Arwen had a good hardworking week. After her show, I planned to give her just one day off, but when the Mutterer saw her he told me to give her the rest of the week. She wasn’t sick, showing no symptoms, didn’t have anything physically wrong with her and didn’t seem depressed; there was just something slightly off, perhaps just some tiredness, which the ever-perceptive Mutterer noticed at once and which I completely failed to pick up. Whatever it was, she was 100% again by Monday and as such went straight to work.
Mission: Get Arwen Into A Frame has started, and I’m playing with different snaffles to see if she gets lighter in the hand on something other than her loose-ring. I have had her in a thicker eggbutt this week and I’m still not quite sure if I like it. She seems to be putting her head down a bit, but was softer in my hands when we hacked out. Her jaw is also a little more busy – she used to keep her mouth very still in the loose-ring but seems to champ the eggbutt a bit more. I still want to try her in a D-ring and French link and see how that goes.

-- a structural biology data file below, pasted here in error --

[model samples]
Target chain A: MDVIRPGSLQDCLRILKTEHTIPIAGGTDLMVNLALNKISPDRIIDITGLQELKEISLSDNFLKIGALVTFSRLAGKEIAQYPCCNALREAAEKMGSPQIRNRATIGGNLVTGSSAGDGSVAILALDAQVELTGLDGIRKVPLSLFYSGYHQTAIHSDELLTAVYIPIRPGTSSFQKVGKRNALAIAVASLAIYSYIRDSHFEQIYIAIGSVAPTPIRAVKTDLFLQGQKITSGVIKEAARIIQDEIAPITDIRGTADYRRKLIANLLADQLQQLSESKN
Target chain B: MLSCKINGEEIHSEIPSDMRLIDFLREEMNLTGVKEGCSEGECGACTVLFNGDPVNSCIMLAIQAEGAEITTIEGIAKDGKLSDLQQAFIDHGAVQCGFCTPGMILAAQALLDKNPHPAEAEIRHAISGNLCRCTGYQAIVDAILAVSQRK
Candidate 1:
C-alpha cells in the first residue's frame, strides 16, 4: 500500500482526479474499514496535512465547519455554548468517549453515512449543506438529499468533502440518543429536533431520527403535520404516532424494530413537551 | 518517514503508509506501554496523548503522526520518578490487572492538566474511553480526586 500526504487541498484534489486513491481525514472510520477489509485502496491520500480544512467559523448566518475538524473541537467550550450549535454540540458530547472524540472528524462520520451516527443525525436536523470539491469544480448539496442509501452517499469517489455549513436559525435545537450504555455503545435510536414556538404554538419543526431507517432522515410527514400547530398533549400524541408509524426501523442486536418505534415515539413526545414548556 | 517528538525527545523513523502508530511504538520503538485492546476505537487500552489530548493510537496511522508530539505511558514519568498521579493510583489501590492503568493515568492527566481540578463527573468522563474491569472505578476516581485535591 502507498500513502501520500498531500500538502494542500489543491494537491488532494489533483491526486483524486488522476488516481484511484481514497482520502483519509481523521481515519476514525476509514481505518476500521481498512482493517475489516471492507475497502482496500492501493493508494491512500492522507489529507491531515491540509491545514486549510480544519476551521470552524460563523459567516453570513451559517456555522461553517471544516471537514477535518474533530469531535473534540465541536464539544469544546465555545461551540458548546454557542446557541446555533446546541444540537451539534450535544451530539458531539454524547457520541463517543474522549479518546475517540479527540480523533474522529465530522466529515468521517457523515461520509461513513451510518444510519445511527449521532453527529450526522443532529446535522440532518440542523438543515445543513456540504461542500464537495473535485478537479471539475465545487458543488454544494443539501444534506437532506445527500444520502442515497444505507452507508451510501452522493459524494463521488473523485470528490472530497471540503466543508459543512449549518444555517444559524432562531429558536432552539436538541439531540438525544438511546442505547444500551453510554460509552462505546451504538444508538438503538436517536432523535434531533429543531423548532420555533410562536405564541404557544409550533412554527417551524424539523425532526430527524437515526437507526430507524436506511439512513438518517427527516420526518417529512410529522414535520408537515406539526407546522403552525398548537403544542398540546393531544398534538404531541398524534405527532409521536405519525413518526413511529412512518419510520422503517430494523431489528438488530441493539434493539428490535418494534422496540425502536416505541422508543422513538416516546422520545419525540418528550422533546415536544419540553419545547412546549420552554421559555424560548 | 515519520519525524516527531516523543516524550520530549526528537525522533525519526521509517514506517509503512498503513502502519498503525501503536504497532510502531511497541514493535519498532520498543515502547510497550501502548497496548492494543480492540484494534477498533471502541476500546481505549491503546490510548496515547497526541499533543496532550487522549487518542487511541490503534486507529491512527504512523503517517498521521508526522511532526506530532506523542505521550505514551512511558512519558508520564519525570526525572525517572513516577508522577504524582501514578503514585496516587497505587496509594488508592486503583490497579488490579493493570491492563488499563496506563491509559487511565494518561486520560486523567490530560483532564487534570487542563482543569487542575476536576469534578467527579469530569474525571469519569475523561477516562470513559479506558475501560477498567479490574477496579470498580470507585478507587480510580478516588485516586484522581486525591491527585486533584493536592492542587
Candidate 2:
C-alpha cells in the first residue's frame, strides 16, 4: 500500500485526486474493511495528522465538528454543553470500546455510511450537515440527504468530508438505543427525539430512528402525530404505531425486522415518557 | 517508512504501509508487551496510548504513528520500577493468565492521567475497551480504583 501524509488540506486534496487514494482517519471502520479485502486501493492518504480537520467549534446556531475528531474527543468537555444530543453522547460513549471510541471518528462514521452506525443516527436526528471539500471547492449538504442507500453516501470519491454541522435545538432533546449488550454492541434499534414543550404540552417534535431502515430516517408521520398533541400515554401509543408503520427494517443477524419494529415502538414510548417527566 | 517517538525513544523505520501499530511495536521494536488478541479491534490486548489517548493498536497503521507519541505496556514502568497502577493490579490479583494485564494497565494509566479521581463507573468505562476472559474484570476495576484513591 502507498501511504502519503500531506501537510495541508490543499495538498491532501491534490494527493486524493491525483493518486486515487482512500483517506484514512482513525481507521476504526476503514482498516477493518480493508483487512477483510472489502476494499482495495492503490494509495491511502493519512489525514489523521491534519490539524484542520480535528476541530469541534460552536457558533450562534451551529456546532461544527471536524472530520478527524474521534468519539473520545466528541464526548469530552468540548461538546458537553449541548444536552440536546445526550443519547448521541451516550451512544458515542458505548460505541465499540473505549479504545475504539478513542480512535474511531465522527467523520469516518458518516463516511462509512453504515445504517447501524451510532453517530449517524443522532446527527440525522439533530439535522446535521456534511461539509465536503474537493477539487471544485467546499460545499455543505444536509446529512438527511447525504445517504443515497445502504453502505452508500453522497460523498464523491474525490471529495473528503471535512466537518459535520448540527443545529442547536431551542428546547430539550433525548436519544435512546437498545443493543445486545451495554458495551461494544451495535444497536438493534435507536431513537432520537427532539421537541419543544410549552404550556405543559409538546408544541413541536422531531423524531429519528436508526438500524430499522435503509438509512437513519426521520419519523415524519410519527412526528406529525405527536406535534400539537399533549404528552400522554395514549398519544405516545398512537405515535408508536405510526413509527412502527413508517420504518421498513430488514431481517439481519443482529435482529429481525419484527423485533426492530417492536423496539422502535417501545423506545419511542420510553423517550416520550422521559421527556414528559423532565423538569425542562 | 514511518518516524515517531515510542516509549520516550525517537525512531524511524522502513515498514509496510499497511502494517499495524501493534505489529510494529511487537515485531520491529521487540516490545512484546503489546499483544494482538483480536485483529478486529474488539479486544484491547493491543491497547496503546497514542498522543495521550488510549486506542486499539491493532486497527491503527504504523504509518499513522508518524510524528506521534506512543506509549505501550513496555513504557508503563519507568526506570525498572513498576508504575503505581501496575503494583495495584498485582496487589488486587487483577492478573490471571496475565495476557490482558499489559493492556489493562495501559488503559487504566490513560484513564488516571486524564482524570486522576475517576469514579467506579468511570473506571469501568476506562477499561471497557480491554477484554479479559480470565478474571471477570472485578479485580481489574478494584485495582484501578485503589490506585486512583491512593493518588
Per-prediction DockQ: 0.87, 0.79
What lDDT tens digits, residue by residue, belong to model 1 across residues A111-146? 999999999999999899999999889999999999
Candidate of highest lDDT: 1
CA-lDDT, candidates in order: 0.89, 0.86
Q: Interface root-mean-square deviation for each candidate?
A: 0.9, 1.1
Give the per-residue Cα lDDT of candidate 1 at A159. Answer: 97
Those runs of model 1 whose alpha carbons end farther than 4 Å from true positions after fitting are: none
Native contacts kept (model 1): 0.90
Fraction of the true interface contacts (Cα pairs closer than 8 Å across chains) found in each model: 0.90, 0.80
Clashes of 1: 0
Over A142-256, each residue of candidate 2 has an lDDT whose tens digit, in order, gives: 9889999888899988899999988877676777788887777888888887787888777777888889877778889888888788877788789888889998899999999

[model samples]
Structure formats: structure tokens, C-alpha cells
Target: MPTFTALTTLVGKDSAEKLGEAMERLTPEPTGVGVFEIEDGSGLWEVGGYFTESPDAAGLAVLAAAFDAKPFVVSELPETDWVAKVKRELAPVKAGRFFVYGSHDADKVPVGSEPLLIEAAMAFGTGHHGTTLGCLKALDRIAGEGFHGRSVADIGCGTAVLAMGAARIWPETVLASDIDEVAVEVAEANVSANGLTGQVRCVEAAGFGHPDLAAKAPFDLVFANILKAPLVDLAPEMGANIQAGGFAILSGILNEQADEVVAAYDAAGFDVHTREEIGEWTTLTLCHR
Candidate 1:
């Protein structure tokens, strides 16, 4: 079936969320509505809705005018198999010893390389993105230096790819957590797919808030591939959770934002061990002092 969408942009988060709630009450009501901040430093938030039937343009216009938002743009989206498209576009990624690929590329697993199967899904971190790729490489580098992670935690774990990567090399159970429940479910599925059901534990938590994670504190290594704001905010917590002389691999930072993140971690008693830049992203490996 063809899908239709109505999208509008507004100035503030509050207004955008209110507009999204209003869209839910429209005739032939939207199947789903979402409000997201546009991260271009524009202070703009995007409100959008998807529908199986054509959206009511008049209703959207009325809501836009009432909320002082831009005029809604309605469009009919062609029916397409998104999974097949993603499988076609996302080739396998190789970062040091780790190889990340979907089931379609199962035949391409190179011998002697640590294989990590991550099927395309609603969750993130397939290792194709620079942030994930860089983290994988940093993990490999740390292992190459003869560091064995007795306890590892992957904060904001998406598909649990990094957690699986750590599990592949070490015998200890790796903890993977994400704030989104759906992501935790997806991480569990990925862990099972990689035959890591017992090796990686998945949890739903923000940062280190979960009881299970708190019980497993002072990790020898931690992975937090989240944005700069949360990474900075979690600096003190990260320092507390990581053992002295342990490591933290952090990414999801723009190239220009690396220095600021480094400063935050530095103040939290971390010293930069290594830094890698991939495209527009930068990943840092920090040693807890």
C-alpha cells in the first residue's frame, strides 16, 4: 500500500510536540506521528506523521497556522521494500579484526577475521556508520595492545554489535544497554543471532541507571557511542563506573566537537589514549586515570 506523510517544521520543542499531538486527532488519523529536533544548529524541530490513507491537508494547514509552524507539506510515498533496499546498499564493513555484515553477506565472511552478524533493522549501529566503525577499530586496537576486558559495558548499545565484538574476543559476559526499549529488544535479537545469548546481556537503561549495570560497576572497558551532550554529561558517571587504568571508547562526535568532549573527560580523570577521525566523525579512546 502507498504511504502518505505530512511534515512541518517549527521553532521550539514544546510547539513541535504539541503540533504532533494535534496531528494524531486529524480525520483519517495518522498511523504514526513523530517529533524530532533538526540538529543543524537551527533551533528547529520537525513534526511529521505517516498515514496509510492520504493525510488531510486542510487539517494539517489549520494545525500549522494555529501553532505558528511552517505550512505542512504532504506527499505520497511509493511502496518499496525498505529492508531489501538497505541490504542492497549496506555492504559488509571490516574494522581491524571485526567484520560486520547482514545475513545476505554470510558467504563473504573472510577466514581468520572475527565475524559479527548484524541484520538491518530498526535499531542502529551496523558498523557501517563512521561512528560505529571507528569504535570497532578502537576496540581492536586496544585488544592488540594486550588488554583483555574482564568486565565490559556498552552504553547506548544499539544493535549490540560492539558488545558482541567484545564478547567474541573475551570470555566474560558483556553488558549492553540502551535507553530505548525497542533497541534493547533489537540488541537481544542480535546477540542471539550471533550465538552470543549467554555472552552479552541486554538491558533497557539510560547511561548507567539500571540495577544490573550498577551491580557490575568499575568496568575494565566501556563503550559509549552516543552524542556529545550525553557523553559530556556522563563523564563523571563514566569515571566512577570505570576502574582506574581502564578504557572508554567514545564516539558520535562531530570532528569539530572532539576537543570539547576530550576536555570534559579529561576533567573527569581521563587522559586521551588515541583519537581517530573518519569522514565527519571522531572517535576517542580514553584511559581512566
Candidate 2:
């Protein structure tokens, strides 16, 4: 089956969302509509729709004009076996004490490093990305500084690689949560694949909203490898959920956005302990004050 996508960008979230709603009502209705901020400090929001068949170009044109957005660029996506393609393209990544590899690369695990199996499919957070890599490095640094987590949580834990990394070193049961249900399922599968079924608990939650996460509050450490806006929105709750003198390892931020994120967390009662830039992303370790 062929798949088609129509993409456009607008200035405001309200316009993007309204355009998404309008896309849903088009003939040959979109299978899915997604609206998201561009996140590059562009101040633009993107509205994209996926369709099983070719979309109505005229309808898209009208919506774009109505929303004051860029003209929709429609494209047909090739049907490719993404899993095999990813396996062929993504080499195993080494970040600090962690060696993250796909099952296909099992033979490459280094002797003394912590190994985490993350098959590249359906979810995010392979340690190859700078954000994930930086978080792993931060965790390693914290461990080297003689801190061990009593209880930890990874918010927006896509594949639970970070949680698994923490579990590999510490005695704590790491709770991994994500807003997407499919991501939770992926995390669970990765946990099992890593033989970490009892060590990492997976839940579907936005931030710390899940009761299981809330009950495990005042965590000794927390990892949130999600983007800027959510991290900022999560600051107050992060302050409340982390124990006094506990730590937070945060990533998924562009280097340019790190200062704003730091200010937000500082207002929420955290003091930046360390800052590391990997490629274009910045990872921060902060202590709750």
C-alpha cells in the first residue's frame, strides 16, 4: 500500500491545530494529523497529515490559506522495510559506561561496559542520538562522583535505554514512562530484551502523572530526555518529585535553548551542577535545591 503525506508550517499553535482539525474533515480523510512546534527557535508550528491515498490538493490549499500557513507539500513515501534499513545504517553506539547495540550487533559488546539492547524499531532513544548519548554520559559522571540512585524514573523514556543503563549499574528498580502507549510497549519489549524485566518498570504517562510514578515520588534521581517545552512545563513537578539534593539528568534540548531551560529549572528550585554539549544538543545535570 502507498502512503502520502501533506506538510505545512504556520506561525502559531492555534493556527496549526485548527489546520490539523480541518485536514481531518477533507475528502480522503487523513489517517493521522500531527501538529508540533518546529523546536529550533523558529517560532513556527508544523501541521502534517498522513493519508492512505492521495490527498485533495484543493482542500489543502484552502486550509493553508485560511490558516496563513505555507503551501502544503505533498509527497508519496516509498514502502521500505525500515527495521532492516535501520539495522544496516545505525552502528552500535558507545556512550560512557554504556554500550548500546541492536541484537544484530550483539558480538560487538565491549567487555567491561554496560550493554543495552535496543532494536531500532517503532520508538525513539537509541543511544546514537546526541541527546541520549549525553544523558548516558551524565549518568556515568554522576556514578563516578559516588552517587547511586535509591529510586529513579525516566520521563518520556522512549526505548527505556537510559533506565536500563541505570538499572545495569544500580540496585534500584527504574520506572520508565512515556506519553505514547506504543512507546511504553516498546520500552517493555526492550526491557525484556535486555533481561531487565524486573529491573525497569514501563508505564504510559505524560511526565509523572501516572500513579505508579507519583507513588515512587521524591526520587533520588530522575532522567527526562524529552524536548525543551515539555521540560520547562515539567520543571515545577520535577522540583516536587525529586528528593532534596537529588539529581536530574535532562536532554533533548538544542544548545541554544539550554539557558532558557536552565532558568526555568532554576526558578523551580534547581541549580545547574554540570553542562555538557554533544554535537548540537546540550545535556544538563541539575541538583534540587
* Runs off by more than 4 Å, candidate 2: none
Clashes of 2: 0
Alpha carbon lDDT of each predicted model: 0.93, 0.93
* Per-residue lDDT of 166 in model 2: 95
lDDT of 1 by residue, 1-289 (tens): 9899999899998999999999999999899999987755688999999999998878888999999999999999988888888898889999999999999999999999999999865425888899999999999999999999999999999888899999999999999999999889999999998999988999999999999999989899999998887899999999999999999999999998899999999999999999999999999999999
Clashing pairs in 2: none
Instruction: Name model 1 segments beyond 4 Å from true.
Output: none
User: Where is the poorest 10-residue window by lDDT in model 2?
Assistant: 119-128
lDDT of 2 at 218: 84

I have also incorporated a weekly or bi-weekly hack into her regimen, including work over varied terrain, a bit of jumping over solid stuff (still have to get to that, but we’re working on it), hill work and galloping. This is for fitness and variety and also good for the soul. Our hack on Friday was a bit wild in the 10-degree weather but a kilometre or so of brisk cantering settled her a bit and then another kilometre or so settled her even more, followed by a few repetitions of slowly cantering up my favourite hill and then trotting back down. The last time I rewarded her obedience by allowing her a few steps of free walk up the hill, then picking up the reins and letting her run.